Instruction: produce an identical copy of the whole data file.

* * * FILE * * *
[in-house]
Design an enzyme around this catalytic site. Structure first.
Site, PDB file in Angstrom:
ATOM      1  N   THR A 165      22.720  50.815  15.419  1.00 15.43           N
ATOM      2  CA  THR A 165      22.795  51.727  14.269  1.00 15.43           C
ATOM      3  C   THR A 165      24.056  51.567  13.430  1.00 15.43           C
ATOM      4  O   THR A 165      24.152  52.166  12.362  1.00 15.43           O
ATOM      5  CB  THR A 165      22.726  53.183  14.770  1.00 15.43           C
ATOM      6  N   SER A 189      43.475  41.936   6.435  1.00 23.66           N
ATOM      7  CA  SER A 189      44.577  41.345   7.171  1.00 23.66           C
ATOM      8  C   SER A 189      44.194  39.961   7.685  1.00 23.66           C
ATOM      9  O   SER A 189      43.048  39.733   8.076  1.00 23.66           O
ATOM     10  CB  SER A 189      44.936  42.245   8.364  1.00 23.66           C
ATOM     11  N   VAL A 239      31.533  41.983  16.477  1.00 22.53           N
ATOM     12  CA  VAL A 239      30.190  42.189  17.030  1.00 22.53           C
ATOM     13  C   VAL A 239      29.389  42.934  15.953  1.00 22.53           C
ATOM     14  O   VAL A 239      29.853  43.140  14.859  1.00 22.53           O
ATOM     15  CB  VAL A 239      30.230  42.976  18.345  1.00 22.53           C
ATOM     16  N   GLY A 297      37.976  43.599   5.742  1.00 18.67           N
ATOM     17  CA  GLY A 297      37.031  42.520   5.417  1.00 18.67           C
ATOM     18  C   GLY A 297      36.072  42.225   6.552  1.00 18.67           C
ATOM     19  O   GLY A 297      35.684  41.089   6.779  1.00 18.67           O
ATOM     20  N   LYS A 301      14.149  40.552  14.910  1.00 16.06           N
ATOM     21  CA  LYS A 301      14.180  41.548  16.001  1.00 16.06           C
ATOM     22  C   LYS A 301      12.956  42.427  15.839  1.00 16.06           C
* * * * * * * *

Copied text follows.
[in-house]
Design an enzyme around this catalytic site. Structure first.
Site, PDB file in Angstrom:
ATOM      1  N   THR A 165      22.720  50.815  15.419  1.00 15.43           N
ATOM      2  CA  THR A 165      22.795  51.727  14.269  1.00 15.43           C
ATOM      3  C   THR A 165      24.056  51.567  13.430  1.00 15.43           C
ATOM      4  O   THR A 165      24.152  52.166  12.362  1.00 15.43           O
ATOM      5  CB  THR A 165      22.726  53.183  14.770  1.00 15.43           C
ATOM      6  N   SER A 189      43.475  41.936   6.435  1.00 23.66           N
ATOM      7  CA  SER A 189      44.577  41.345   7.171  1.00 23.66           C
ATOM      8  C   SER A 189      44.194  39.961   7.685  1.00 23.66           C
ATOM      9  O   SER A 189      43.048  39.733   8.076  1.00 23.66           O
ATOM     10  CB  SER A 189      44.936  42.245   8.364  1.00 23.66           C
ATOM     11  N   VAL A 239      31.533  41.983  16.477  1.00 22.53           N
ATOM     12  CA  VAL A 239      30.190  42.189  17.030  1.00 22.53           C
ATOM     13  C   VAL A 239      29.389  42.934  15.953  1.00 22.53           C
ATOM     14  O   VAL A 239      29.853  43.140  14.859  1.00 22.53           O
ATOM     15  CB  VAL A 239      30.230  42.976  18.345  1.00 22.53           C
ATOM     16  N   GLY A 297      37.976  43.599   5.742  1.00 18.67           N
ATOM     17  CA  GLY A 297      37.031  42.520   5.417  1.00 18.67           C
ATOM     18  C   GLY A 297      36.072  42.225   6.552  1.00 18.67           C
ATOM     19  O   GLY A 297      35.684  41.089   6.779  1.00 18.67           O
ATOM     20  N   LYS A 301      14.149  40.552  14.910  1.00 16.06           N
ATOM     21  CA  LYS A 301      14.180  41.548  16.001  1.00 16.06           C
ATOM     22  C   LYS A 301      12.956  42.427  15.839  1.00 16.06           C